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OK, I've created a sh file to delete a cache folder for one of my sites. Basically, the bash looks like this: Code: #!/bin/bash rm -fdr cached* mkdir cached chmod ...
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  1. #1
    Just Joined! vexx's Avatar
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    Unhappy Bash file problem


    OK, I've created a sh file to delete a cache folder for one of my sites. Basically, the bash looks like this:

    Code:
    #!/bin/bash
    rm -fdr cached*
    mkdir cached
    chmod 0777 cached
    When I launch it within the console (root), it does not delete the cached folder and when I "ls -l", I always find another folder called "cached\r".

    The cached folder has 0777 permissions all the time, owner root, group root.

    The funny part is, I have another site, on the same server, different account and this bash works perfectly.

    If I run the commands individually from the console, works perfectly...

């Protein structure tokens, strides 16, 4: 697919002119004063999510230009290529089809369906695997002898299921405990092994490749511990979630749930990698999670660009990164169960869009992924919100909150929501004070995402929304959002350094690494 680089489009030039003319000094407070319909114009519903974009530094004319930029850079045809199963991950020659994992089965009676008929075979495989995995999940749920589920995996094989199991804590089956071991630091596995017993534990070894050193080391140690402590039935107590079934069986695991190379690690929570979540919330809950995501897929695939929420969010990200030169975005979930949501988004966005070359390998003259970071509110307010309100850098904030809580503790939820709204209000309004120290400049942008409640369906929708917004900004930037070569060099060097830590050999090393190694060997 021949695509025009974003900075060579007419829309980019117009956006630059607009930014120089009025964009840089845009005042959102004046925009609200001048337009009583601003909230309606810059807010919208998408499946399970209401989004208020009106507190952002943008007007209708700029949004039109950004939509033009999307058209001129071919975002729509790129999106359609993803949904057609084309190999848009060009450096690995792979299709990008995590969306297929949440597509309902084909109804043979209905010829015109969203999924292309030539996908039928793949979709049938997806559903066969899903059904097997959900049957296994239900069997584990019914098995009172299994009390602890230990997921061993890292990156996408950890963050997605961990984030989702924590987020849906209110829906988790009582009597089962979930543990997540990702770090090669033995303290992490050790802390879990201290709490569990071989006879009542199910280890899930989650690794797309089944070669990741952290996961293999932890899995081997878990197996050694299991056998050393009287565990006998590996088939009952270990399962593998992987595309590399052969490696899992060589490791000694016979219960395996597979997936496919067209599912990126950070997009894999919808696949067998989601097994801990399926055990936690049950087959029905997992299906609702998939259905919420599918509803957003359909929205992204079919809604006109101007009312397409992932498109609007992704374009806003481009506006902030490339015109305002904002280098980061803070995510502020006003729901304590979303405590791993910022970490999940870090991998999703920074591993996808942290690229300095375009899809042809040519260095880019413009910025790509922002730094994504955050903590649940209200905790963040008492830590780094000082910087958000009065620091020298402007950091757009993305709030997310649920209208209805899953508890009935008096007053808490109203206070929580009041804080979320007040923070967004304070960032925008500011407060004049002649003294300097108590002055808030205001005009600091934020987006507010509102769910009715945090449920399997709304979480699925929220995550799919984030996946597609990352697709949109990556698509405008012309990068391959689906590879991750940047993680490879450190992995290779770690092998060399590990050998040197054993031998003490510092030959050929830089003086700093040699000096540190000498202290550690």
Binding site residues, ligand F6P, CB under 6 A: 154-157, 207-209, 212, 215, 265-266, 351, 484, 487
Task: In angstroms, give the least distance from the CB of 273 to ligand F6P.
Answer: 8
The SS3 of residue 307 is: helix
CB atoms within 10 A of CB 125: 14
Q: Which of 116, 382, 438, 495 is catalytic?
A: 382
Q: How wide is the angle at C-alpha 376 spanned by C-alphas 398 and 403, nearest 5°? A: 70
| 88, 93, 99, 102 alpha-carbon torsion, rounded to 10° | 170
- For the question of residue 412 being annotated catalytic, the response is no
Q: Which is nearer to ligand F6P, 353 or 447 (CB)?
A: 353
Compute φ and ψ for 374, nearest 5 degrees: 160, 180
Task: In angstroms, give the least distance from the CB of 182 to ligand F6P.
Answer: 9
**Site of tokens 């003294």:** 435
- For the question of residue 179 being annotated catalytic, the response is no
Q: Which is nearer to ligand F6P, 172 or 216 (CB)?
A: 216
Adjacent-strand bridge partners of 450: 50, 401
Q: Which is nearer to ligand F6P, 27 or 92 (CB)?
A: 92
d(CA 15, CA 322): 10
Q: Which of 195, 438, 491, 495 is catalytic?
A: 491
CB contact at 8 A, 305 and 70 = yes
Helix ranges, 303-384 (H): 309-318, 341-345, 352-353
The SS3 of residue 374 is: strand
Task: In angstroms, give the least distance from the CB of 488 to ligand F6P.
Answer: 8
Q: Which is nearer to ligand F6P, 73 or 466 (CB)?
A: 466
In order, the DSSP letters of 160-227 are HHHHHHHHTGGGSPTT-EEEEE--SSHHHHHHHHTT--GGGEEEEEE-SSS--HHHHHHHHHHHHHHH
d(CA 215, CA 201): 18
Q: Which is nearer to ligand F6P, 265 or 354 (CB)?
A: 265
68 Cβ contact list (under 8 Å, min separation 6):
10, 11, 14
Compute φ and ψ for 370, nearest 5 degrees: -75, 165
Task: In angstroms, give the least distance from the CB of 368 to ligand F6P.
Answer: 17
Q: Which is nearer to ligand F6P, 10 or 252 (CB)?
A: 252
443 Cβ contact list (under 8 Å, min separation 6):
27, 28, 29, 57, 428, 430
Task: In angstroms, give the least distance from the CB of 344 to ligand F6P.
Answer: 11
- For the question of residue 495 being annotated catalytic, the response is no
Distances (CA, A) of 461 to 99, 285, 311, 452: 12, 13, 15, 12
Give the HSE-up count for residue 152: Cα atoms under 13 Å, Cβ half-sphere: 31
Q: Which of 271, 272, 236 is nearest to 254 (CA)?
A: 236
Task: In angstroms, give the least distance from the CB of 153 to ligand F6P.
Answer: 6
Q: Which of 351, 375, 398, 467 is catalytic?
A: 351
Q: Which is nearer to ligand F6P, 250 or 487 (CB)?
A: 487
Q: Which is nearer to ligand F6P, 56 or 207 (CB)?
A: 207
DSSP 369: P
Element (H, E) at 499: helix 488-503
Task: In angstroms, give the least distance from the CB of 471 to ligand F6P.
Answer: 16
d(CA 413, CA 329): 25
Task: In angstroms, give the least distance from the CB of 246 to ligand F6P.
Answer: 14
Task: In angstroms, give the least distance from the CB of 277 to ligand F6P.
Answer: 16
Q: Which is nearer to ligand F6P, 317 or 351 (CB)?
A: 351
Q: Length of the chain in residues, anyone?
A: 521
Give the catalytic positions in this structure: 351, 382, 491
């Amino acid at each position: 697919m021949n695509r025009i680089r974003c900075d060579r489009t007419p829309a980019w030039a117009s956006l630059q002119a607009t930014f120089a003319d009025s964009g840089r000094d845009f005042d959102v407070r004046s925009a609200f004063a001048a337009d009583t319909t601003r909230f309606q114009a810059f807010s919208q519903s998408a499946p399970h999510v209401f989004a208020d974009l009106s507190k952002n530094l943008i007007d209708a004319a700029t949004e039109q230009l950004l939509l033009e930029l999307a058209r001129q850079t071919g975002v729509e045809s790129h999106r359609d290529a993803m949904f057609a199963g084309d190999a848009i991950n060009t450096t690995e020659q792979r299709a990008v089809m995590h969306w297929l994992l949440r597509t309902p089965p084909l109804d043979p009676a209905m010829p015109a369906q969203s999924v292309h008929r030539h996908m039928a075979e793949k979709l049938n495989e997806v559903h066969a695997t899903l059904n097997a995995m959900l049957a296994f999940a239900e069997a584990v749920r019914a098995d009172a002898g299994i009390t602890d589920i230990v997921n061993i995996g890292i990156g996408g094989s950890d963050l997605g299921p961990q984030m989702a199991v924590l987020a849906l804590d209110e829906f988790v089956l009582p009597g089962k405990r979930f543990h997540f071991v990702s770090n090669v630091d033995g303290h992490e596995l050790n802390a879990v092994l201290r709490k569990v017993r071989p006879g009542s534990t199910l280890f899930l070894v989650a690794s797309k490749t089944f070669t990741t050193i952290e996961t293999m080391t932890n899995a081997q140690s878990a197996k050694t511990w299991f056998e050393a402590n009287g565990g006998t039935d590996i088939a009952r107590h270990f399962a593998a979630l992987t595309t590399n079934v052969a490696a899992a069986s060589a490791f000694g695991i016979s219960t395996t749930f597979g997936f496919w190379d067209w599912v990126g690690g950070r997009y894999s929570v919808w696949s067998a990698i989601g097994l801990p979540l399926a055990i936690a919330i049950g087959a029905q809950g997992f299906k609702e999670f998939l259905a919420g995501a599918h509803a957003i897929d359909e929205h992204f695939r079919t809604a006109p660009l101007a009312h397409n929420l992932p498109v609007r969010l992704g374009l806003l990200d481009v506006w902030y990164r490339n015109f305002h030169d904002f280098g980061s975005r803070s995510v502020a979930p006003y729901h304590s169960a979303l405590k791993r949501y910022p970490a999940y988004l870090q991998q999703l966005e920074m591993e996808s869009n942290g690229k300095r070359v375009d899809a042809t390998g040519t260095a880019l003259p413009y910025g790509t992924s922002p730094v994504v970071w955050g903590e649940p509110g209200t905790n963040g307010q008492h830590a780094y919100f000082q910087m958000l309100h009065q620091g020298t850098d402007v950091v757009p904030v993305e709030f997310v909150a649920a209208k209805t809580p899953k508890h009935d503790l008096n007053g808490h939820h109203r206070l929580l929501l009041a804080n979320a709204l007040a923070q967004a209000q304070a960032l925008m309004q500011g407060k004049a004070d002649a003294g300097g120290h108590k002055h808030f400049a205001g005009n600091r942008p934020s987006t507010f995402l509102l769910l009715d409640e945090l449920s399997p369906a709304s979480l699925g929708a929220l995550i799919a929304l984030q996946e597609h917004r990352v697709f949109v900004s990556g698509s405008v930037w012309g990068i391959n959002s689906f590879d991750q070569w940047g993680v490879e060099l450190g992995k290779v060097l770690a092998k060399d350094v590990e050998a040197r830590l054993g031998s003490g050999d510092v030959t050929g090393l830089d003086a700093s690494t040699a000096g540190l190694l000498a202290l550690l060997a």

I'm puzzled

  2. #2
    Just Joined! minigeek's Avatar
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    Quote Originally Posted by vexx View Post
    OK, I've created a sh file to delete a cache folder for one of my sites. Basically, the bash looks like this:

    Code:
    #!/bin/bash
    rm -fdr cached*
    mkdir cached
    chmod 0777 cached
    When I launch it within the console (root), it does not delete the cached folder and when I "ls -l", I always find another folder called "cached\r".

    The cached folder has 0777 permissions all the time, owner root, group root.

    The funny part is, I have another site, on the same server, different account and this bash works perfectly.

    If I run the commands individually from the console, works perfectly...

    I'm puzzled
    Hi

    Is the script running in the same directory as the "cached" file?

    Does the script run via a cron job?


  3. #3
    Just Joined! vexx's Avatar
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    no..i launch the script with the "sh file.sh" command.

    the sh file is in root with all the folders, including "cached"

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  5. #4
    Just Joined! minigeek's Avatar
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    Try running the script with sh -x
    sh -x file.sh

    This will output the process to the console so it can be checked for errors.

    or run diff to compare the two script.

    diff /path/to/working/script path/to/non-working/script

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